Author: Alexandra Bracken
Date of Publication: 3rd January 2017
Synopsis: The sequel to Passenger sees Etta and Nicholas separated; searching through time for both each other and the infamous Astrolabe.
This book was provided in exchange for an honest review. My thanks go to Alexandra Bracken, Hatchette Children’s Group and Netgalley for the opportunity
When I read Passenger about a year ago I was left with love hate feelings for the book. At times the pace pulled me along, breathless and excited to see what happened next. Yet also there were dense periods of unnecessary introspection and exposition which weighed down those shining moments; ultimately tarnishing them. I found the lead characters dull in comparison to the supporting ones; always aching for more of the latter and instead being weighed down by an abundance of the former.
Unfortunately I found Wayfarer much the same – with the caveat that pacing is certainly improved here and there is lot more from the characters I loved. Alexandra Bracken did a lot of laying down of framework in the first instalment, which left Wayfarer with many, many strands to tie up. Ultimately that wasn’t a bad thing, because it kept things interesting. Yet somehow, despite everything that was going on, Wayfarer still felt far, far too long.
Firstly a potentially unpopular opinion – I liked Etta and Nicholas being separated. I found their journeys with Julian and the Thorns and Sophia and Li Minh (respectively) far more interesting than their shared adventures in the first book. Perhaps this is because the side characters are easily as compelling, if not more so, as our heroes. I know the central romance is supposed to be a massive part of the book, but it never really worked for me. Therefore the less of it, in my eyes, the better (in fact, let’s swap it for Sophia and Li Minh!).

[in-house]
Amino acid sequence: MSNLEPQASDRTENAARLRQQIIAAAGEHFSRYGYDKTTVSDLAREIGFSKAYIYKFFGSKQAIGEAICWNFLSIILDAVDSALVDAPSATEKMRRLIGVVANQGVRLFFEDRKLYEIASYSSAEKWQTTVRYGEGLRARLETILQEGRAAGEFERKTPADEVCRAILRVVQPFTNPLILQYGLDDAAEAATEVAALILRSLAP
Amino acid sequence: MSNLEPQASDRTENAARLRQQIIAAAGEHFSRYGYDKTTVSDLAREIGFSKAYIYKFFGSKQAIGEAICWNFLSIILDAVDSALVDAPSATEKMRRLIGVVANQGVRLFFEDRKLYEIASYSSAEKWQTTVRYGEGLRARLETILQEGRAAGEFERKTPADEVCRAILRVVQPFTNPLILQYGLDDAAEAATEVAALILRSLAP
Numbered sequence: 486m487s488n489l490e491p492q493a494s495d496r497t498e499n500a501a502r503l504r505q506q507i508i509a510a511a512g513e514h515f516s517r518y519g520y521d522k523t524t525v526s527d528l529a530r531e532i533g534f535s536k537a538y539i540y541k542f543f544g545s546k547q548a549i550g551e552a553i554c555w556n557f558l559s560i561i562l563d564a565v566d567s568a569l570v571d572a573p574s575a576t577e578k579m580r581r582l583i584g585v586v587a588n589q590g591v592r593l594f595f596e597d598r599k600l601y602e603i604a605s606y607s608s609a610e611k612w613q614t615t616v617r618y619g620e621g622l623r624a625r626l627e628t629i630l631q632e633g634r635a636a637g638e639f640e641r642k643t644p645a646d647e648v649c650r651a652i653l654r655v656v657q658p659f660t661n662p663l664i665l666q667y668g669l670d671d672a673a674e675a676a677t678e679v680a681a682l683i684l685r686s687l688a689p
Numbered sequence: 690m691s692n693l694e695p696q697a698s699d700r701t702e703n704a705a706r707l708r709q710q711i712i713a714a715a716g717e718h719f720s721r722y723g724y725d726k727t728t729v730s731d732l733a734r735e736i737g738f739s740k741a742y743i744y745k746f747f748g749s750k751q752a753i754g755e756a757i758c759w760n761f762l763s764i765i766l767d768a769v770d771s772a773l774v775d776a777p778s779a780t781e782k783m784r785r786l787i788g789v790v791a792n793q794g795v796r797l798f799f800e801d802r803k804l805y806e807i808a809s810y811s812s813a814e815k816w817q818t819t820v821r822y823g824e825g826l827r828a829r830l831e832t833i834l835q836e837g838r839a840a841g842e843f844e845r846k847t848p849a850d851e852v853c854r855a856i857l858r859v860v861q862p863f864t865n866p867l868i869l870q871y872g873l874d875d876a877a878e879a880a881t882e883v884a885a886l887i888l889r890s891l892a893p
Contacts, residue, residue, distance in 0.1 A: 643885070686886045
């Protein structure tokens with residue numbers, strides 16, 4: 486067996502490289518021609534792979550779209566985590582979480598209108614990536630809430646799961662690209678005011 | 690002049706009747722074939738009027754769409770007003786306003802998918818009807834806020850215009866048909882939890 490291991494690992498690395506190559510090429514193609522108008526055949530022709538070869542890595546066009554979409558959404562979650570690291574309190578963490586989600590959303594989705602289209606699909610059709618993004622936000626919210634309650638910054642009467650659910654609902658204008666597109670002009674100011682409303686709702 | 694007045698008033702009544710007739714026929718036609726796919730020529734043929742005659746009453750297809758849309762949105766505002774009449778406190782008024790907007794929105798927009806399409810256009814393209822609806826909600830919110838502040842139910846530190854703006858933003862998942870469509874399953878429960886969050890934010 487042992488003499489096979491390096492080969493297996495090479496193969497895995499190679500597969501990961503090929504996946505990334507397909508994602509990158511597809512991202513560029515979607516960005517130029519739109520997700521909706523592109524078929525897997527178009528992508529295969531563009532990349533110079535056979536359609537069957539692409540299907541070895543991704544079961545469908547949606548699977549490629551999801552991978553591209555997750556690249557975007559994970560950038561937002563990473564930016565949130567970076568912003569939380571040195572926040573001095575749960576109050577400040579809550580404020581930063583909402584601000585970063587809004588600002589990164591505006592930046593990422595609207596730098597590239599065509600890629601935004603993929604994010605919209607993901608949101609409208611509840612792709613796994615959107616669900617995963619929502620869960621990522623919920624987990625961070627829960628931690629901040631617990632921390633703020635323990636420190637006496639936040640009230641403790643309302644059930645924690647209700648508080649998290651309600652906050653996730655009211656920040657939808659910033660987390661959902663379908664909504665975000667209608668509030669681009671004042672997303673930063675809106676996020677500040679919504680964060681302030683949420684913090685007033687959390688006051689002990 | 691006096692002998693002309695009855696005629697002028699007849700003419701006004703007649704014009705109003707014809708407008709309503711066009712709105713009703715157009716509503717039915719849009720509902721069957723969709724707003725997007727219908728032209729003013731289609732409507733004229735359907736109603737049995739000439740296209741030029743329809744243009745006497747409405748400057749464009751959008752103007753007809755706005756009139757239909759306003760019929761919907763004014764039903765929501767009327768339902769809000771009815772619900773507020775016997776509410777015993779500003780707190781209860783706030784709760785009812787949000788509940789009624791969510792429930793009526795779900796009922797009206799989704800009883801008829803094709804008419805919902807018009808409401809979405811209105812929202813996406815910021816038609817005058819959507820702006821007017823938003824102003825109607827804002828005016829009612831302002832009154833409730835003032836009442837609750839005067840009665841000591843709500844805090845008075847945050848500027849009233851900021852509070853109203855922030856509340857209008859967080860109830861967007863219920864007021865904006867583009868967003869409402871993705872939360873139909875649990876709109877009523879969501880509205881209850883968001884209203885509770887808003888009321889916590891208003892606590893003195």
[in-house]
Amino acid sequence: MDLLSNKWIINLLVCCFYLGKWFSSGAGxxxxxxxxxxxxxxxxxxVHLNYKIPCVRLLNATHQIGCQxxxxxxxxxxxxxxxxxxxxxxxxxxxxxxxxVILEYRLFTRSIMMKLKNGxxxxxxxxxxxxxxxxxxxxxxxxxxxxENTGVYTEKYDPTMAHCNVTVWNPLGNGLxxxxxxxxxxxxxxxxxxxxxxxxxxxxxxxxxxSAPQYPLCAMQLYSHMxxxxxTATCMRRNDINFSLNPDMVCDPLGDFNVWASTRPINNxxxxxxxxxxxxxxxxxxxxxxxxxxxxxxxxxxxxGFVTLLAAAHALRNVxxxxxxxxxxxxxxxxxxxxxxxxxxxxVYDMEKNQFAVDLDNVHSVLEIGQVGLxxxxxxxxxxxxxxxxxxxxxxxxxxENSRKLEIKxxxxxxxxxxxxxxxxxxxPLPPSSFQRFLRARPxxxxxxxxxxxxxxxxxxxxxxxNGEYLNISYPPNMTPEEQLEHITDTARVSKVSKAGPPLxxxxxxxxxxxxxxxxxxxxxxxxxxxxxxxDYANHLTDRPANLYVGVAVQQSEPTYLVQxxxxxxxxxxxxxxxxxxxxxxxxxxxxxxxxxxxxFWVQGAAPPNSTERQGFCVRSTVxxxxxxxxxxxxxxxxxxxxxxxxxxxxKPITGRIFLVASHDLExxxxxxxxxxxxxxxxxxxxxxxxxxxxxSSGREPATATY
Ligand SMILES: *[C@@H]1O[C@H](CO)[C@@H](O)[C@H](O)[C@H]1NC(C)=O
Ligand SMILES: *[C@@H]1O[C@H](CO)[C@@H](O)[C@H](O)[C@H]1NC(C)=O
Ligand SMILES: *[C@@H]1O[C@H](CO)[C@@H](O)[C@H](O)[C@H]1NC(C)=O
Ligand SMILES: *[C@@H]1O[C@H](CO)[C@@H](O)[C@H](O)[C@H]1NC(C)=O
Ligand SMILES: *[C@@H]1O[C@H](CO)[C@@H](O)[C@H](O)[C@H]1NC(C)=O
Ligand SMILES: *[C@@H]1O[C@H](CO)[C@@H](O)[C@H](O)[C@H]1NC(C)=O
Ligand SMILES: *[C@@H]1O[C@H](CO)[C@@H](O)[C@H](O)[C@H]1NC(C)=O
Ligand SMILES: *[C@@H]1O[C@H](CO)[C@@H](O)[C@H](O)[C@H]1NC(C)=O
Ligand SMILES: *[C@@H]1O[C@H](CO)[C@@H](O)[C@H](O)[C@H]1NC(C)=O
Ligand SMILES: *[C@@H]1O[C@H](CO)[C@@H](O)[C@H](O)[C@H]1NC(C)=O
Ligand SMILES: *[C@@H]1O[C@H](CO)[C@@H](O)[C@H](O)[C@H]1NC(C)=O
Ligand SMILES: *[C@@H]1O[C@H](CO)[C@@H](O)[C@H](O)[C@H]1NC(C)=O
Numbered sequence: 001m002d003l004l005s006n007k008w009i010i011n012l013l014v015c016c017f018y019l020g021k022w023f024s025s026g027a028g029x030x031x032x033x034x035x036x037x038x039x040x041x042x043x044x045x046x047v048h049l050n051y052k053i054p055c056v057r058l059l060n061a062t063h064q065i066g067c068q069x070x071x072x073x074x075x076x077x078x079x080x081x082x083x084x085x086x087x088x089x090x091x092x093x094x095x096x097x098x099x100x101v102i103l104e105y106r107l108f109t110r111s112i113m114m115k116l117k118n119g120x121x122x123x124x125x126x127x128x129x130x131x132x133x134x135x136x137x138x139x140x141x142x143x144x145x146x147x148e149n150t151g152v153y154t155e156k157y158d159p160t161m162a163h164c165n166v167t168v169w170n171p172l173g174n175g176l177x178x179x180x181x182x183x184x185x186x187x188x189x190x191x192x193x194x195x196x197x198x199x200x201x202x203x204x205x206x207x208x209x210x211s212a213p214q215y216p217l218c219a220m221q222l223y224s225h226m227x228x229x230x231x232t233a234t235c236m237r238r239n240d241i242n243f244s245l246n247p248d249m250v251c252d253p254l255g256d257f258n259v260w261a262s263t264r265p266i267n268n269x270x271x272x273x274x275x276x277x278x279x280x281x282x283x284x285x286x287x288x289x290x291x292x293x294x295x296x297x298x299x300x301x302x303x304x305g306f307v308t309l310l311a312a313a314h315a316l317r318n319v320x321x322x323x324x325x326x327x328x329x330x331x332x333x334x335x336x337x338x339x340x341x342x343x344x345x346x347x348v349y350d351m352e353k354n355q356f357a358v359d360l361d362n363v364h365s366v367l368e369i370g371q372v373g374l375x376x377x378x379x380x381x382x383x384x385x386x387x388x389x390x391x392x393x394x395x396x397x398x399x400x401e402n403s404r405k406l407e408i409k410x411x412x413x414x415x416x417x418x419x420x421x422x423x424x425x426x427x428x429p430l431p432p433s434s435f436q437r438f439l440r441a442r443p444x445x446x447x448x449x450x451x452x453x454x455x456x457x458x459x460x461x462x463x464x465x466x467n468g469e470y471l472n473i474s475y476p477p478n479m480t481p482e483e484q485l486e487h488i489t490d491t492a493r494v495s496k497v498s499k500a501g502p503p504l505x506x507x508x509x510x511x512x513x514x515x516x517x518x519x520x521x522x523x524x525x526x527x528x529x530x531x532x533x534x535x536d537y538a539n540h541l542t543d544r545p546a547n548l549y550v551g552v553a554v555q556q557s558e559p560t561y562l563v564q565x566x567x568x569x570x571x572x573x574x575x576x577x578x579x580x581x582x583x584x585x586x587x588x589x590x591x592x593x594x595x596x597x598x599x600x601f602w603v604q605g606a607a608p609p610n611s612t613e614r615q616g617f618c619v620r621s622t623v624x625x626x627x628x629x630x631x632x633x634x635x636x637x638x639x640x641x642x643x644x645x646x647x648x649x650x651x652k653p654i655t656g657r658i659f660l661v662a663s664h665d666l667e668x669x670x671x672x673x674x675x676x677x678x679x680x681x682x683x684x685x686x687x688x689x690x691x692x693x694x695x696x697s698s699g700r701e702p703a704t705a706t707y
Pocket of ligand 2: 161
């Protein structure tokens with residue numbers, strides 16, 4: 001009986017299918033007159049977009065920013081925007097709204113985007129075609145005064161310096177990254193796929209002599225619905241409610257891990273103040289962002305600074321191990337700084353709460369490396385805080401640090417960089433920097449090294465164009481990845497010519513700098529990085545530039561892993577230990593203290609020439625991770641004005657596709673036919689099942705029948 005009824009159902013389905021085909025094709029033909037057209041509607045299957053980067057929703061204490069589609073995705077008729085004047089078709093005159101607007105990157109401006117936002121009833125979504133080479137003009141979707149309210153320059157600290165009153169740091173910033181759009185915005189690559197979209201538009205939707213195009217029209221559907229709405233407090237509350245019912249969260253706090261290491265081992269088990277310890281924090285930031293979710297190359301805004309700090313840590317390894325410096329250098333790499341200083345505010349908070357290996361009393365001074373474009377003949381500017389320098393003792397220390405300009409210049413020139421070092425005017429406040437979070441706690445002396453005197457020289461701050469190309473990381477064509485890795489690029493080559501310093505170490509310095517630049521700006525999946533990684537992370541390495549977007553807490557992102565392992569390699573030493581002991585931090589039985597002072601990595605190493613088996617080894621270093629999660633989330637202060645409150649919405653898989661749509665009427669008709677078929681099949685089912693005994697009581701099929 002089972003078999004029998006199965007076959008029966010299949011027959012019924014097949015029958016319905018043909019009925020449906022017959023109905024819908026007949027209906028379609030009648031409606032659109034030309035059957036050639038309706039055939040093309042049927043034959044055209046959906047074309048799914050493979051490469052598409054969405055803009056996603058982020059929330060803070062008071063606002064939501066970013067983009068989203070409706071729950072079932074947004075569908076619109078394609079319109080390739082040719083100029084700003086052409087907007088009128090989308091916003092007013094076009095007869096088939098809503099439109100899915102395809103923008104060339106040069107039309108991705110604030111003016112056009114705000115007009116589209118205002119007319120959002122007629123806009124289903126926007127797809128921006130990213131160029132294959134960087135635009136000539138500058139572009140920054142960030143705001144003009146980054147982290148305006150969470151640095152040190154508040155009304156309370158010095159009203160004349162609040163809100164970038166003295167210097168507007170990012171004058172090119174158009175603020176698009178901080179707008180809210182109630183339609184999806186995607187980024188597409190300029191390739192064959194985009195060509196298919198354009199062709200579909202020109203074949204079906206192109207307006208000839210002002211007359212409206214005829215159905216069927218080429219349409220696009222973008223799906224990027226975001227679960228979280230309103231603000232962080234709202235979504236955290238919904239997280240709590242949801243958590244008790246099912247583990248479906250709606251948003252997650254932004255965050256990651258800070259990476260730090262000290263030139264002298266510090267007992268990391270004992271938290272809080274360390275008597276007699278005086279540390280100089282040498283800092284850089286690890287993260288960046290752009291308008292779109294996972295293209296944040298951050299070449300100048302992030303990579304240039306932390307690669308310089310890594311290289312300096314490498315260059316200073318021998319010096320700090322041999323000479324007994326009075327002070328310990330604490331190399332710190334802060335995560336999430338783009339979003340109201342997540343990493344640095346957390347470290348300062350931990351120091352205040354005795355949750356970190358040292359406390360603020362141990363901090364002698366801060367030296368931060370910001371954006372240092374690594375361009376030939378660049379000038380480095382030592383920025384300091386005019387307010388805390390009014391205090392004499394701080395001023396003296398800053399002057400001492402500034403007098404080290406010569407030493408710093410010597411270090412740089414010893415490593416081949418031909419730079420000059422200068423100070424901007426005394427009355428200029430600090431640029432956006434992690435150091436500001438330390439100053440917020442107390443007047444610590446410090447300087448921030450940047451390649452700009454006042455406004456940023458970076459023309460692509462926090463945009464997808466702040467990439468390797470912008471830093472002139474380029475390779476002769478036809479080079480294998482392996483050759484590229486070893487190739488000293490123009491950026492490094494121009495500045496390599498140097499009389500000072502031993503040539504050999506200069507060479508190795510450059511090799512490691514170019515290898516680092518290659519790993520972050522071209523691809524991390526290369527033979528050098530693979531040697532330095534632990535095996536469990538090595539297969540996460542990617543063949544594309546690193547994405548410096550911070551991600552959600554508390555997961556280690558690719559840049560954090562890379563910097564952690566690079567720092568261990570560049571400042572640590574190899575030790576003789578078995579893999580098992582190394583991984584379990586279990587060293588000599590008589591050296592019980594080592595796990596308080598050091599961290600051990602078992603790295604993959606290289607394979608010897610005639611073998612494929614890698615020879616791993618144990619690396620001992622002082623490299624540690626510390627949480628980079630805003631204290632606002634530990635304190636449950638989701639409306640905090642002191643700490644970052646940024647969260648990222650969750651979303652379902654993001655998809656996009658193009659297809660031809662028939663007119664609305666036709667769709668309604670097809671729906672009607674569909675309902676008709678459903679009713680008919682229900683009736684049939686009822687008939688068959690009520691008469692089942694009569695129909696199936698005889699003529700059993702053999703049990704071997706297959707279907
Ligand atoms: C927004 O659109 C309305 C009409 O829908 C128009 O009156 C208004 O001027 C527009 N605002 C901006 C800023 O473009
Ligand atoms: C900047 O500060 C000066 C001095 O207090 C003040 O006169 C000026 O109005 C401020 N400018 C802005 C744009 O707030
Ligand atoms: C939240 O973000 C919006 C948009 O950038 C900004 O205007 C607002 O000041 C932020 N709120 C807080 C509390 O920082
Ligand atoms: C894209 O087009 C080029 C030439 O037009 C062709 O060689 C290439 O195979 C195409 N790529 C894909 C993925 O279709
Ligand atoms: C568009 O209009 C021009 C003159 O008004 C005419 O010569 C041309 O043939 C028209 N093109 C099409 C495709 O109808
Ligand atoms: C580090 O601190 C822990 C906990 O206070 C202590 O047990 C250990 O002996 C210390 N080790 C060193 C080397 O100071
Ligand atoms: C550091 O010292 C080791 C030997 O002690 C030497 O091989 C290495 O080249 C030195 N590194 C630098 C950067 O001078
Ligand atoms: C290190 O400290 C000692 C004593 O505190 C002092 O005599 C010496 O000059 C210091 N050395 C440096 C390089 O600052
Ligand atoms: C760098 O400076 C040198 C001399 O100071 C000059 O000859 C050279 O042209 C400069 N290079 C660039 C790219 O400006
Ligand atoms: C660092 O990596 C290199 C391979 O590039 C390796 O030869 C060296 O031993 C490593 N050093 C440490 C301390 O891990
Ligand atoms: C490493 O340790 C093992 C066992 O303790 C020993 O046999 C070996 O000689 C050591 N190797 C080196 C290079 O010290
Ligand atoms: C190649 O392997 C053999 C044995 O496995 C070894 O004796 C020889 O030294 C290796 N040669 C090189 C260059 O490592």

One plot point I couldn’t get enough of was Etta and her Father. Without spoiling who that is, or their role in the book, I found every single scene they were in together to be raw and heartbreaking whilst at the same time wholly joy filled. Bracken wrote something incredibly real when she wrote that relationship and it was probably the thing that will sit with me longest in this duology.
In contrast to the good, there was the not so good. Ironwood didn’t feel like he was given the time to really dominate the lives of the characters; always a hissed name and a changing landscape as opposed to an actual presence. Whilst his actions were terrifying, I wanted more than just consequences of his actions – I wanted a character I could loathe. The other big bad, to be frank, I found faintly ridiculous, as menacing as it was supposed to be. If there had been more build up I would definitely have bought into them but, as it stands, I just didn’t see the point of their inclusion.
Wayfarer is definitely an improvement on its predecessor but for me there was always a slight sense of wistful disappointment for what might have been. Bracken is undoubtedly a talented writer. She is also to be applauded for including both a non-white male lead and non-het supporting characters into a genre sorely lacking both. However I found her plots in this case are too multitudinous; making a strong concept unnecessarily drawn out and messy. A sharper edit and this duology would be amazing. As it stands I’m still in that same love-hate place I was twelve months ago.